UNISON has hit out at the government’s proposals for education and NHS staff to prevent and tackle serious violence.
Home Secretary Sajid Javid launched a consultation on Monday, founded on the belief that multi-agency action is needed to deal with one of the UK’s most urgent problems.
The proposals put an emphasis on early intervention and prevention with young people.
And among the chief questions is whether there should be a “legal duty” on teachers, NHS workers and others in England and Wales to play a part – holding them to account if they don’t.
The consultation launch was quickly followed by Theresa May’s assertion, as she opened the youth violence summit in Downing Street, that: “We cannot simply arrest ourselves out of his problem.”
UNISON head of health Sara Gorton said: “Health service staff are always committed to serve the best interests of patients and the community, but they are already overwhelmed by the pressures of an underfunded NHS.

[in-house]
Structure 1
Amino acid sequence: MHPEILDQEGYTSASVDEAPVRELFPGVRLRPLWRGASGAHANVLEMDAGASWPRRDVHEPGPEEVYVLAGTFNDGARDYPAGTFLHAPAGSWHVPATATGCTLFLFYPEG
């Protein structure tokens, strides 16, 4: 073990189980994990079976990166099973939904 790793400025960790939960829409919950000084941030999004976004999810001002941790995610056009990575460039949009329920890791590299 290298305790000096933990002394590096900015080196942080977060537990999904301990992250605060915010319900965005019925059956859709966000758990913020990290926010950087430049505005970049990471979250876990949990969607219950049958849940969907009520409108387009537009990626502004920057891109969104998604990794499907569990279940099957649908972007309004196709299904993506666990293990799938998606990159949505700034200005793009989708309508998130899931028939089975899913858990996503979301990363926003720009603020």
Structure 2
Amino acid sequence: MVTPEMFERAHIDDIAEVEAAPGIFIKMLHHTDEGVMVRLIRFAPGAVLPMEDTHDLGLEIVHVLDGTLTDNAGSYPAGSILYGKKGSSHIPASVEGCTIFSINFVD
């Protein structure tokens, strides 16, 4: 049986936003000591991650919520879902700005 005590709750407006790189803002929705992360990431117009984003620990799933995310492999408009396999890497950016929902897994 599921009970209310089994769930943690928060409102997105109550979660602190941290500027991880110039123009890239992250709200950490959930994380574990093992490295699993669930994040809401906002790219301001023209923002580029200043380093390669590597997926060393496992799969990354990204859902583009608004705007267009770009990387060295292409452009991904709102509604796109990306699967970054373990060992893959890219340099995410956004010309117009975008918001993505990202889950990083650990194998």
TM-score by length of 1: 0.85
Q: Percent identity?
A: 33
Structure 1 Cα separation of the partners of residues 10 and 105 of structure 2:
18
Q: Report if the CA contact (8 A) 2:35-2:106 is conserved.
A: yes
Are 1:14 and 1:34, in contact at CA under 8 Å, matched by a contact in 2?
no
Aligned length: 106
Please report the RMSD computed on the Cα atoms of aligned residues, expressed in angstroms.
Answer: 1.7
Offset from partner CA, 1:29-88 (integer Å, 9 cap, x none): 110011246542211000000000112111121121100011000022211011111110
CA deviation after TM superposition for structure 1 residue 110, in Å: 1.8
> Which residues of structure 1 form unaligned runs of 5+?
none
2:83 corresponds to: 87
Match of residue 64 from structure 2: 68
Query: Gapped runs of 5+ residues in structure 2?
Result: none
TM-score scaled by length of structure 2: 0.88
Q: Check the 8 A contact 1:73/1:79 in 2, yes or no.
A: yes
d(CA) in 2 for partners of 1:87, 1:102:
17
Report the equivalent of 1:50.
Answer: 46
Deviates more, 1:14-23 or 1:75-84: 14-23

“They should not face further burdens and obligations because the government is deflecting attention away from its failure to fund policing adequately.”
And Jon Richards, the union’s head of education, added: “School support staff work with pupils day in and day out. The new proposals could put staff at risk if the bond of trust is broken and young people think staff are spying on them.
“Lumping another duty on staff when their workload is already at breaking point is unrealistic.”
UNISON has launched its own survey of all members in further education colleges in the UK, on the subject of offensive weapons in colleges. The survey asks for members’ experiences and thoughts about how the issues could be tackled.